Airbnb has transformed the dynamic of shared business accommodation. Instead of the disconnection that comes with booking separate hotel rooms, teams can hire an entire house. This set-up is perfect for team-bonding, particularly for extended business trips. Teams have the chance to work and live under the same roof, sharing communal areas and building meaningful relationships.
Again, this reimagining of business trip accommodation speaks to the millennial generation. With the rise of co-working spaces and their blend of individuality and group harmony pointing towards a shift in work culture, it’s clear that the definition of the concept of a business team – including the way it functions and the expectations of its members – is being redefined. Airbnb’s platform is perfectly suited for shared business travel in the modern era. Hotels will need to overhaul their strategy to keep up.
Safety and Security
Perhaps the biggest question mark against using Airbnb for business travel accommodation is whether it is safe and secure. Hotels offer security cameras, safes and on-site security, giving business travelers much needed peace of mind. Booking an apartment through Airbnb takes a certain level of trust in a stranger. While this may be a risk for the leisure traveler, things are further complicated for business travel.
Risk management, duty of care, travel policy compliance… all these factors and more come into play. While Airbnb is focusing on safety and security – with tighter background checks, state-of-the-art risk assessment through machine learning and behavioural analytics, and a business dashboard enabling travel managers to track employees – there’s no doubt that the safety and security of their service is crucial if Airbnb is to win the trust of business travelers and dominate business accommodation in the future.
Pros and Cons for Business Travelers and Business Managers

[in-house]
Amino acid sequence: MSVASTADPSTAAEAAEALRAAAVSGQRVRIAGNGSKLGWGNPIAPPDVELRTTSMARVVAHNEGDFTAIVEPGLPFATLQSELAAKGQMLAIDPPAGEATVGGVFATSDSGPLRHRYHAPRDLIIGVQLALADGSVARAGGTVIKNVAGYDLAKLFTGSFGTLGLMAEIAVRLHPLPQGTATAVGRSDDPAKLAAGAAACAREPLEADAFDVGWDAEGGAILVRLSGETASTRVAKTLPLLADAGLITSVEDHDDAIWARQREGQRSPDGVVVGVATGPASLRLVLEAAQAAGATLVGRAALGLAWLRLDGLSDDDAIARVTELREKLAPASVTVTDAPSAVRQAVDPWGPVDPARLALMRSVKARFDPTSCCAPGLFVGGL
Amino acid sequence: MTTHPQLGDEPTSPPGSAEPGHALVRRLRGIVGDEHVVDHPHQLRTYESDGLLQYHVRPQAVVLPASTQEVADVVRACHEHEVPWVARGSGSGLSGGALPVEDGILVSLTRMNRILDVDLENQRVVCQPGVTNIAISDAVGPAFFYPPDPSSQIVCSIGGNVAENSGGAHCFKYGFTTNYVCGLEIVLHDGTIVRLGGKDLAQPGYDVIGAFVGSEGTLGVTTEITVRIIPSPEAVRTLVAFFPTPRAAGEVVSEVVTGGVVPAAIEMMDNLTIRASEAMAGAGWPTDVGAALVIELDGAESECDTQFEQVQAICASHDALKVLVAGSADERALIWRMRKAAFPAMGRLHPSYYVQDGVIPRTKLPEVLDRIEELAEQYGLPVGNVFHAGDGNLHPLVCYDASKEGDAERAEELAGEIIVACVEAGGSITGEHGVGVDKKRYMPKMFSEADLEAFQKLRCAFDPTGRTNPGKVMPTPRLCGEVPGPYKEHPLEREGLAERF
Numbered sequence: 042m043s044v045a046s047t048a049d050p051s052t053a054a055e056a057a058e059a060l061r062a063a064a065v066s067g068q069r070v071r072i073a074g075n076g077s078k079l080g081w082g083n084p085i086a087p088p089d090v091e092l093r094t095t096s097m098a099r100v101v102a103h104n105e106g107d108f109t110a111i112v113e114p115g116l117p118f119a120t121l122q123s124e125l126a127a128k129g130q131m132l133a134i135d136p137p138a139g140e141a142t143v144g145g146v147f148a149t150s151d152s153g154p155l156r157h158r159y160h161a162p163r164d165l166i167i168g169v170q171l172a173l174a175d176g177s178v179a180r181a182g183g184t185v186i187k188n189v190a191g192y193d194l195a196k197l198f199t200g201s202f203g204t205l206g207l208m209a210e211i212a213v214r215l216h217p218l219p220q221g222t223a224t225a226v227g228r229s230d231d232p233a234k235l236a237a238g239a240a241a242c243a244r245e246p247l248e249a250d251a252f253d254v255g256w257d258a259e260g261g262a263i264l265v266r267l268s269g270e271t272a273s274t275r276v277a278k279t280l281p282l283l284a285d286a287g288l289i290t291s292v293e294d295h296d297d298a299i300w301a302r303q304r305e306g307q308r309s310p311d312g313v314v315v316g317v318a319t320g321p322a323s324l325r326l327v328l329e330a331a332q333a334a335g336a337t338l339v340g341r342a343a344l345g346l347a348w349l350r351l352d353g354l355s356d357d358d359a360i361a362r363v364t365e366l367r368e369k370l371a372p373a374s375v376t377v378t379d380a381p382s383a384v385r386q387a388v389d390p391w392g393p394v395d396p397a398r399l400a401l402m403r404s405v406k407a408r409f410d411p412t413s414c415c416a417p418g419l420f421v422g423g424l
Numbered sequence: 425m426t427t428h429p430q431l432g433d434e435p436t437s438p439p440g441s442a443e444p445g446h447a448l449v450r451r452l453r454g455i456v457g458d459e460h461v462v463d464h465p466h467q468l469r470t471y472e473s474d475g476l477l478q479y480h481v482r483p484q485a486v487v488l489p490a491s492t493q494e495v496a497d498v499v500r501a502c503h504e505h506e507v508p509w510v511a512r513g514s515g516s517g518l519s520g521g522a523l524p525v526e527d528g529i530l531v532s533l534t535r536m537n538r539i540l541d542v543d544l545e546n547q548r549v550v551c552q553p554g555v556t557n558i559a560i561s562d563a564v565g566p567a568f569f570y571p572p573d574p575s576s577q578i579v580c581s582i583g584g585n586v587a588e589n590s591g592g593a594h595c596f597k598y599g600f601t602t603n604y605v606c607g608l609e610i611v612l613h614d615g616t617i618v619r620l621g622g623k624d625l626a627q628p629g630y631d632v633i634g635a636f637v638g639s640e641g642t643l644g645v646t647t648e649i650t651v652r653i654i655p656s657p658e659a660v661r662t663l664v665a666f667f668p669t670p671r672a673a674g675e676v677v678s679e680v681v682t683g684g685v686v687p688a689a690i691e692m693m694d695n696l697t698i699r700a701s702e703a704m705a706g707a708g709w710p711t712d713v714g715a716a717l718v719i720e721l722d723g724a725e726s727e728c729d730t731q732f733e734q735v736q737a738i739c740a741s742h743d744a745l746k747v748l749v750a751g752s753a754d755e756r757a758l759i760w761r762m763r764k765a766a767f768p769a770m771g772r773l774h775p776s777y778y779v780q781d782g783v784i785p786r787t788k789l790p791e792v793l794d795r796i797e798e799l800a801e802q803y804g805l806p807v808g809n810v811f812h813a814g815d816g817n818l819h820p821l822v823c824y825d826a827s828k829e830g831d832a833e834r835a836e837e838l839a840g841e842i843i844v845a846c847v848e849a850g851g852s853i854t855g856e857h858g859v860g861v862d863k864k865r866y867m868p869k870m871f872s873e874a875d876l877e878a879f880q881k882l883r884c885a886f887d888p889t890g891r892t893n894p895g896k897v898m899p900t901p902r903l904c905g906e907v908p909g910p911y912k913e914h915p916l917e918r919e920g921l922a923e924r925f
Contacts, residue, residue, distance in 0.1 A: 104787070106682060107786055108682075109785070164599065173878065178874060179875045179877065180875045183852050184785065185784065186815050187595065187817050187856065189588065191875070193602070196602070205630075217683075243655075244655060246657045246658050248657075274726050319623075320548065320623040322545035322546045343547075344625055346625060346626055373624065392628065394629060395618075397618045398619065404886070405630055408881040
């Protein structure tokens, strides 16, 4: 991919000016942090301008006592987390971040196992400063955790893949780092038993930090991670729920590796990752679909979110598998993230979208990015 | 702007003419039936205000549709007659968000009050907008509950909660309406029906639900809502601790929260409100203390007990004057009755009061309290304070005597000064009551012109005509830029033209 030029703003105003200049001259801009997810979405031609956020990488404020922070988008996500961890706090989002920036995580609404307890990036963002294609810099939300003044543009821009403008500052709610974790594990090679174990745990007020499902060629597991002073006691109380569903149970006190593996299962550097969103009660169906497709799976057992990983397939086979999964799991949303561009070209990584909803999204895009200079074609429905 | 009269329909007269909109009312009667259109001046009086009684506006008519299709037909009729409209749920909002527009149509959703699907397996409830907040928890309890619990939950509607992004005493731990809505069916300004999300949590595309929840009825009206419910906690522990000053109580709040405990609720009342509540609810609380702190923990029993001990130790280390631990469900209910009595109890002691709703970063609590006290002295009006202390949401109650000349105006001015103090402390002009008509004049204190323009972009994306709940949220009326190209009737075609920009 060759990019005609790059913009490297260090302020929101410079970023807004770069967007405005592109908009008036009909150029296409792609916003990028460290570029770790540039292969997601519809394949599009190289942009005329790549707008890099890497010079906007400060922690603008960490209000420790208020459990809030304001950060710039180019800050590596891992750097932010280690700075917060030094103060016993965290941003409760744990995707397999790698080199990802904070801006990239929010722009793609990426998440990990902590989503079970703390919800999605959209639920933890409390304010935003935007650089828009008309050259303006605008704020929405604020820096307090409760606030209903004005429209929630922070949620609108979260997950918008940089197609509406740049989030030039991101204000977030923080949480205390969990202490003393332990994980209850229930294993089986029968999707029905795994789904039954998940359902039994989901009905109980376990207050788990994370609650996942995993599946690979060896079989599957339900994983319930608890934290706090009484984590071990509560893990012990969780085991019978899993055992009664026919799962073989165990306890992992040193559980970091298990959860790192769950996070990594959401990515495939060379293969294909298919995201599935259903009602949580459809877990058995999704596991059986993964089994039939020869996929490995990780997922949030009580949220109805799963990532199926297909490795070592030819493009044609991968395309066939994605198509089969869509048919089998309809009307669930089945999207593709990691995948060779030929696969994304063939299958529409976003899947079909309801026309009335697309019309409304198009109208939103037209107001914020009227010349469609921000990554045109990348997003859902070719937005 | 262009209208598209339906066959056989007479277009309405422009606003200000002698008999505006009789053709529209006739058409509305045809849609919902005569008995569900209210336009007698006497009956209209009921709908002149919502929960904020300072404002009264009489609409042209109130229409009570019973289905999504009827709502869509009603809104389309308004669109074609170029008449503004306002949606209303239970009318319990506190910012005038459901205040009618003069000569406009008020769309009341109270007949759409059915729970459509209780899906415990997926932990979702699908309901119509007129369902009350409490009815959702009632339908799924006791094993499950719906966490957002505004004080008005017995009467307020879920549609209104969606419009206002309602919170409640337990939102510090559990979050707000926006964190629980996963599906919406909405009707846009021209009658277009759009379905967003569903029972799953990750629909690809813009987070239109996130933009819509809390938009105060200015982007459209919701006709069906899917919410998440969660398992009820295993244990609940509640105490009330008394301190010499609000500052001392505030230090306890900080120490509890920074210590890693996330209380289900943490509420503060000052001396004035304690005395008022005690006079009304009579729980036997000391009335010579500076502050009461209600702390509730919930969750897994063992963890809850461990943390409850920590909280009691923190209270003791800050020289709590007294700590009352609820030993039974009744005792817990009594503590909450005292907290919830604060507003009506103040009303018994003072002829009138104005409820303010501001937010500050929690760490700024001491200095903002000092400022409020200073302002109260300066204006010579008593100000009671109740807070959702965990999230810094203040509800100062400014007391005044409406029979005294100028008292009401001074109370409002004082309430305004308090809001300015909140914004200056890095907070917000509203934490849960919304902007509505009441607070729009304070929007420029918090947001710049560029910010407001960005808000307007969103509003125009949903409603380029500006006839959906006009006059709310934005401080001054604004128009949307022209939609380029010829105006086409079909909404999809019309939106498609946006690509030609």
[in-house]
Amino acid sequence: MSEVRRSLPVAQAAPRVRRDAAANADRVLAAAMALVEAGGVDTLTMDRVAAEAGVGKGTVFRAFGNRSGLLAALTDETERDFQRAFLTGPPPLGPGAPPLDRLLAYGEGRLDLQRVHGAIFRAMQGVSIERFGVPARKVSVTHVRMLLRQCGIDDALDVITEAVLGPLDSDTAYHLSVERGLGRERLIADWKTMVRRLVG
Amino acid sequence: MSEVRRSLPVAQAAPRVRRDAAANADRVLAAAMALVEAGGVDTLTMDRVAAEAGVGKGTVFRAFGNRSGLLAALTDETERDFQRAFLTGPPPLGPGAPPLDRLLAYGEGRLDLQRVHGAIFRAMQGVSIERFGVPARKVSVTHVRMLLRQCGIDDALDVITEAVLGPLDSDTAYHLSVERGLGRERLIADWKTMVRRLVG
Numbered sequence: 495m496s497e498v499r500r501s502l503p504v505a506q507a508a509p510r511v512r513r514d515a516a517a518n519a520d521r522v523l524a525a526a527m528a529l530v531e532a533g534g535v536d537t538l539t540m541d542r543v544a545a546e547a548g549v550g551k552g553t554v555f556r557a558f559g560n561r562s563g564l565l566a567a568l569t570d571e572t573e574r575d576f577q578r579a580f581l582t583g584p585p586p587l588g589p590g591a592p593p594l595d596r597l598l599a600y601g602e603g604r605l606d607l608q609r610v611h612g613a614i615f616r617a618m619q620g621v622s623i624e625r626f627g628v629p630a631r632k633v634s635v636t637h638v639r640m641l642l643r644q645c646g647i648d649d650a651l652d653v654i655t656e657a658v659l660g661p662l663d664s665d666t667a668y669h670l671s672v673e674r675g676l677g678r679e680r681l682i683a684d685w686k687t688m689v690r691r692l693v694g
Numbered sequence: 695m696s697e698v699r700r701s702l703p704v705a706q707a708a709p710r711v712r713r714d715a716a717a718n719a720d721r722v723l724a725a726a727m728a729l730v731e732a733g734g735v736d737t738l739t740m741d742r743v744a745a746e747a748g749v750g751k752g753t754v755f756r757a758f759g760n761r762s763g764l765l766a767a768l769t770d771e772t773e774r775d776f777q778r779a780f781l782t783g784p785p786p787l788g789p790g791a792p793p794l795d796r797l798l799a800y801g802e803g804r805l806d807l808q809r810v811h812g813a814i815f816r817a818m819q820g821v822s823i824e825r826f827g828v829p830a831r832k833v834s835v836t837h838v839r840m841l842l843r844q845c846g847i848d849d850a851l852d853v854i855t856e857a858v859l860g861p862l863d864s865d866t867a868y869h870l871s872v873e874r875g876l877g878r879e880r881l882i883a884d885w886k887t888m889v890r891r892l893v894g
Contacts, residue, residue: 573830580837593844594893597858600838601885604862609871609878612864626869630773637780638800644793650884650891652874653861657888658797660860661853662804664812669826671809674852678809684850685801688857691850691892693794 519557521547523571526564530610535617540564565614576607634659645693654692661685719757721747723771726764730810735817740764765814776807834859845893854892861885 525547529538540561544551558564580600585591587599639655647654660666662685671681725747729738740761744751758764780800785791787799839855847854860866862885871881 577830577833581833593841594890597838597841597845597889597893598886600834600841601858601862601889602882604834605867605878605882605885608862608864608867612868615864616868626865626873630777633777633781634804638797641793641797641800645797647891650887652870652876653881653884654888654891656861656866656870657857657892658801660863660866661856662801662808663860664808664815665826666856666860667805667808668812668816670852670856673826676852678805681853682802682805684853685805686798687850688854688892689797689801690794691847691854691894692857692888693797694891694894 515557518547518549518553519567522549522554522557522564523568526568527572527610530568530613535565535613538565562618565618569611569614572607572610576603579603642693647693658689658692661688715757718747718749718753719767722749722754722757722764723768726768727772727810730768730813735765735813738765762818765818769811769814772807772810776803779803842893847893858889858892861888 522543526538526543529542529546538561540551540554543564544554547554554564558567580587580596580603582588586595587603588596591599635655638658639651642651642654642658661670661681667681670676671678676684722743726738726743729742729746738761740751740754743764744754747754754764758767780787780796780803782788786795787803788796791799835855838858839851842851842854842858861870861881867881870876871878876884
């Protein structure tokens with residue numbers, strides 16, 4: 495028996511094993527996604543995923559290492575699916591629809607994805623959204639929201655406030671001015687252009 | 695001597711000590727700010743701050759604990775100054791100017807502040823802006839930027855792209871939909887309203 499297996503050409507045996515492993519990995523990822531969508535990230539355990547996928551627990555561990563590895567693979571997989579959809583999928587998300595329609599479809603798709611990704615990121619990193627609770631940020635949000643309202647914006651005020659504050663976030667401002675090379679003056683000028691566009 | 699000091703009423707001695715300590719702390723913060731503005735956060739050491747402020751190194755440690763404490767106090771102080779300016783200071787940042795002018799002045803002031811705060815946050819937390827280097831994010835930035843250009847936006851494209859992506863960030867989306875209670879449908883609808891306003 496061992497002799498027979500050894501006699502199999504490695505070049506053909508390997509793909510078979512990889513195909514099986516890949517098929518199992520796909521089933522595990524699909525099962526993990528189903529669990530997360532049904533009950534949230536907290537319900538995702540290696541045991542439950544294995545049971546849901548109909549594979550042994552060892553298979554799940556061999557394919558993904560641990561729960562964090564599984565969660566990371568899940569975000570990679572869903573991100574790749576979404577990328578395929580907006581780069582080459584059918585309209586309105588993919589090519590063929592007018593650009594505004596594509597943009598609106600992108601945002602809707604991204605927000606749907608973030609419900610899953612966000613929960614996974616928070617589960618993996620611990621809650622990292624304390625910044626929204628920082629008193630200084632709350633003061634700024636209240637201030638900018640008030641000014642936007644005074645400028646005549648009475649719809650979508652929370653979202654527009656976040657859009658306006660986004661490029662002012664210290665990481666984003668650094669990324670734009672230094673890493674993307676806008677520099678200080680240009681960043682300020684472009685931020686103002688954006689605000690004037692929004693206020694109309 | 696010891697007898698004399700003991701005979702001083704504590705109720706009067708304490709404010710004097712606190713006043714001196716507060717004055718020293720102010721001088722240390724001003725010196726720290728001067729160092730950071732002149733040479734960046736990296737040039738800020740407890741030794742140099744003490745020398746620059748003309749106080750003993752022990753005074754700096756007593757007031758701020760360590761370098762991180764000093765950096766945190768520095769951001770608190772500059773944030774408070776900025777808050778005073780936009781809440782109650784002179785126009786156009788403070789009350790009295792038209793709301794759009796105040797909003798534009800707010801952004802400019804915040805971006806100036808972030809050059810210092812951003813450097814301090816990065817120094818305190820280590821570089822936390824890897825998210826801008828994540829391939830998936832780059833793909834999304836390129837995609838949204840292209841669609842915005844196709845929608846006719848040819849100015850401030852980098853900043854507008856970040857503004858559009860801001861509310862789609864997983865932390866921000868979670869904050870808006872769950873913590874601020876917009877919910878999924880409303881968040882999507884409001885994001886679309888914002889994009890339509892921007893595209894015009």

So, when all is said and done, which option is the best? Perhaps it depends on who you ask. Business travelers and travel managers have different perspectives on what makes great business accommodation. Let’s take a look at a breakdown of the pros and cons.
|Pros for Business Travelers||
|Cons for Business Travelers||
|Pros for Business Travel Managers||
|Cons for Business Travel Managers||
The rise of Airbnb for Work clearly poses a set of previously unknown challenges to travel managers, with safety and security being the biggest.
Alternative business travel accommodation
It’s not just Airbnb hoping to capitalize on the business accommodation shift. More and more boutique accommodation specialists are raising their game.
Domio, a US platform, offers a style, comfort and round-the-clock concierge services, focusing on delivering a unique business travel experience.
Another US company, TP Corporate Lodgings provide a large range of short and long term, strategically placed rentals that cater specifically for business professionals
What does the future hold for business travel accommodation?
There’s no doubt Airbnb is changing the landscape of business travel. The numbers point to a seismic shift in the accommodation market and, with millennials making up a huge portion of the modern workforce, hotels’ days may well be numbered.
Whatever happens, it seems like the ongoing battle between platforms like Airbnb and hotels can only be a good thing. As each uses increasingly ingenious methods to try and wire into the changing needs of the next generation of business, the experience for the business traveler will be taken to new heights.